NotesFAQContact Us
Search Tips
Peer reviewed Peer reviewed
Direct linkDirect link
ERIC Number: EJ934504
Record Type: Journal
Publication Date: 2011-Jul
Pages: 22
Abstractor: As Provided
Reference Count: 51
ISSN: ISSN-0278-7393
Event-Based Plausibility Immediately Influences On-Line Language Comprehension
Matsuki, Kazunaga; Chow, Tracy; Hare, Mary; Elman, Jeffrey L.; Scheepers, Christoph; McRae, Ken
Journal of Experimental Psychology: Learning, Memory, and Cognition, v37 n4 p913-934 Jul 2011
In some theories of sentence comprehension, linguistically relevant lexical knowledge, such as selectional restrictions, is privileged in terms of the time-course of its access and influence. We examined whether event knowledge computed by combining multiple concepts can rapidly influence language understanding even in the absence of selectional restriction violations. Specifically, we investigated whether instruments can combine with actions to influence comprehension of ensuing patients of (as in Rayner, Warren, Juhuasz, & Liversedge, 2004; Warren & McConnell, 2007). Instrument-verb-patient triplets were created in a norming study designed to tap directly into event knowledge. In self-paced reading (Experiment 1), participants were faster to read patient nouns, such as "hair", when they were typical of the instrument-action pair ("Donna used the shampoo to wash" vs. "the hose to wash"). Experiment 2 showed that these results were not due to direct instrument-patient relations. Experiment 3 replicated Experiment 1 using eyetracking, with effects of event typicality observed in first fixation and gaze durations on the patient noun. This research demonstrates that conceptual event-based expectations are computed and used rapidly and dynamically during on-line language comprehension. We discuss relationships among plausibility and predictability, as well as their implications. We conclude that selectional restrictions may be best considered as event-based conceptual knowledge rather than lexical-grammatical knowledge. (Contains 2 figures, 12 tables and 1 footnote.)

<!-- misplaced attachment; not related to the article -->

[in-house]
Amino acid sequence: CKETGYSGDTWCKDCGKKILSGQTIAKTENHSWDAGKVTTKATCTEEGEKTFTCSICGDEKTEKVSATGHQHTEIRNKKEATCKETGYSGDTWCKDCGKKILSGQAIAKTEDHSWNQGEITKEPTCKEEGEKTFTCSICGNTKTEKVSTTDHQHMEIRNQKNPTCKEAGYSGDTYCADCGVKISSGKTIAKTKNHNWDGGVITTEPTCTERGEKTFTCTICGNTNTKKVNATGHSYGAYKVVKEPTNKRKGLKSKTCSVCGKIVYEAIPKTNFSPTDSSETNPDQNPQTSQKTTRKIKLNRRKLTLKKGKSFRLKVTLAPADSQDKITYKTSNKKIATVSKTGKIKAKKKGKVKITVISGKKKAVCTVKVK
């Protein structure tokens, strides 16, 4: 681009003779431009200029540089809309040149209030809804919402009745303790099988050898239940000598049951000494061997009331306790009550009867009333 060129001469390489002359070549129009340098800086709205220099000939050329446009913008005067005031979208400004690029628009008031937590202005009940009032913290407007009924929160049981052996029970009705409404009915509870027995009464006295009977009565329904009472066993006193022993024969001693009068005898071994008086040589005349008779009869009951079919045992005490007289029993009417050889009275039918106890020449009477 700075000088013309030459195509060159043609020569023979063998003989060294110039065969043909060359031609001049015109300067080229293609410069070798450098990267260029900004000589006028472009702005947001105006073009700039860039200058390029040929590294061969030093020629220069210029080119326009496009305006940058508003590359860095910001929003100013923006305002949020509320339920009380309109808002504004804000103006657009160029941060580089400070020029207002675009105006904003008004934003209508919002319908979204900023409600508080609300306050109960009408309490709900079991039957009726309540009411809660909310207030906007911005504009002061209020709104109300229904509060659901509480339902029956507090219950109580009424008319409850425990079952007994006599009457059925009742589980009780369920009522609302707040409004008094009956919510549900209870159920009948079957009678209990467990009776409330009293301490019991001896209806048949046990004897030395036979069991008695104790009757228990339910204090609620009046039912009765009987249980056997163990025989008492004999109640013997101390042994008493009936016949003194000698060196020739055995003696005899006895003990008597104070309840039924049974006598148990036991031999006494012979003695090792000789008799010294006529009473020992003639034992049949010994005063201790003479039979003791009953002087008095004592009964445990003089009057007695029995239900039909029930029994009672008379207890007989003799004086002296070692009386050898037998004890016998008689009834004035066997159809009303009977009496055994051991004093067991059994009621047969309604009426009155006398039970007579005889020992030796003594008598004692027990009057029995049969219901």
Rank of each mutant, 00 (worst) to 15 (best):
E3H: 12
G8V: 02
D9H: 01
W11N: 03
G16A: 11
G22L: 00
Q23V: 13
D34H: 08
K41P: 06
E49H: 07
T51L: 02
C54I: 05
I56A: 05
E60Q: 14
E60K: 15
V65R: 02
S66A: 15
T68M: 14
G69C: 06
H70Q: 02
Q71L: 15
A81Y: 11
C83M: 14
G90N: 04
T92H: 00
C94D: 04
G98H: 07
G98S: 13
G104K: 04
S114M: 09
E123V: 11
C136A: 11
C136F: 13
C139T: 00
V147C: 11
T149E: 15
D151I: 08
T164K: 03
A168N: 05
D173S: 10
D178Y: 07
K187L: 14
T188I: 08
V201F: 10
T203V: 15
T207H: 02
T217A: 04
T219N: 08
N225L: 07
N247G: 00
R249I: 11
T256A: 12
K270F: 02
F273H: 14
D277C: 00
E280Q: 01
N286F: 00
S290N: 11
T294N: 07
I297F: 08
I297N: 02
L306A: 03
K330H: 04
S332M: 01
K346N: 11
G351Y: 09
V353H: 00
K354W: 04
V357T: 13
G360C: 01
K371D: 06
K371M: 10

American Psychological Association. Journals Department, 750 First Street NE, Washington, DC 20002-4242. Tel: 800-374-2721; Tel: 202-336-5510; Fax: 202-336-5502; e-mail:; Web site:
Publication Type: Journal Articles; Reports - Research
Education Level: Higher Education
Audience: N/A
Language: English
Sponsor: N/A
Authoring Institution: N/A
Identifiers - Location: Canada